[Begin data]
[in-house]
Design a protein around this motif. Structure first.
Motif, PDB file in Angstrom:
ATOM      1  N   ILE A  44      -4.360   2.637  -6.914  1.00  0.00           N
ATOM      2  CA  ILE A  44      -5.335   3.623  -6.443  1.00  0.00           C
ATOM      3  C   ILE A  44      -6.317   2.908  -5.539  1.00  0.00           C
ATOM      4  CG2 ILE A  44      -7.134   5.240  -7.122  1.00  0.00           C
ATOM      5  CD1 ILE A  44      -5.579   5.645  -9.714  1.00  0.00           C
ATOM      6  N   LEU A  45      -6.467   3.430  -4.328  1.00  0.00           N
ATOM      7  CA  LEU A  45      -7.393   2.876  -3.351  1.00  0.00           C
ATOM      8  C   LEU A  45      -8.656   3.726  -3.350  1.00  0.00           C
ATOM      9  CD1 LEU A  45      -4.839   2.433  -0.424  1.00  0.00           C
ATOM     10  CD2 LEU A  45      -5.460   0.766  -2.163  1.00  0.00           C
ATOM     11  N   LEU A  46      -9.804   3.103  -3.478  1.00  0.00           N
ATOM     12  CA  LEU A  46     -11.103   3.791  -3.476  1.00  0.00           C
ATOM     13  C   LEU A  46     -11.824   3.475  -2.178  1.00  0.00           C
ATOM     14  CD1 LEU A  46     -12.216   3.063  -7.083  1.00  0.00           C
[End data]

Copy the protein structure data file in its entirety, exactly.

[in-house]
Design a protein around this motif. Structure first.
Motif, PDB file in Angstrom:
ATOM      1  N   ILE A  44      -4.360   2.637  -6.914  1.00  0.00           N
ATOM      2  CA  ILE A  44      -5.335   3.623  -6.443  1.00  0.00           C
ATOM      3  C   ILE A  44      -6.317   2.908  -5.539  1.00  0.00           C
ATOM      4  CG2 ILE A  44      -7.134   5.240  -7.122  1.00  0.00           C
ATOM      5  CD1 ILE A  44      -5.579   5.645  -9.714  1.00  0.00           C
ATOM      6  N   LEU A  45      -6.467   3.430  -4.328  1.00  0.00           N
ATOM      7  CA  LEU A  45      -7.393   2.876  -3.351  1.00  0.00           C
ATOM      8  C   LEU A  45      -8.656   3.726  -3.350  1.00  0.00           C
ATOM      9  CD1 LEU A  45      -4.839   2.433  -0.424  1.00  0.00           C
ATOM     10  CD2 LEU A  45      -5.460   0.766  -2.163  1.00  0.00           C
ATOM     11  N   LEU A  46      -9.804   3.103  -3.478  1.00  0.00           N
ATOM     12  CA  LEU A  46     -11.103   3.791  -3.476  1.00  0.00           C
ATOM     13  C   LEU A  46     -11.824   3.475  -2.178  1.00  0.00           C
ATOM     14  CD1 LEU A  46     -12.216   3.063  -7.083  1.00  0.00           C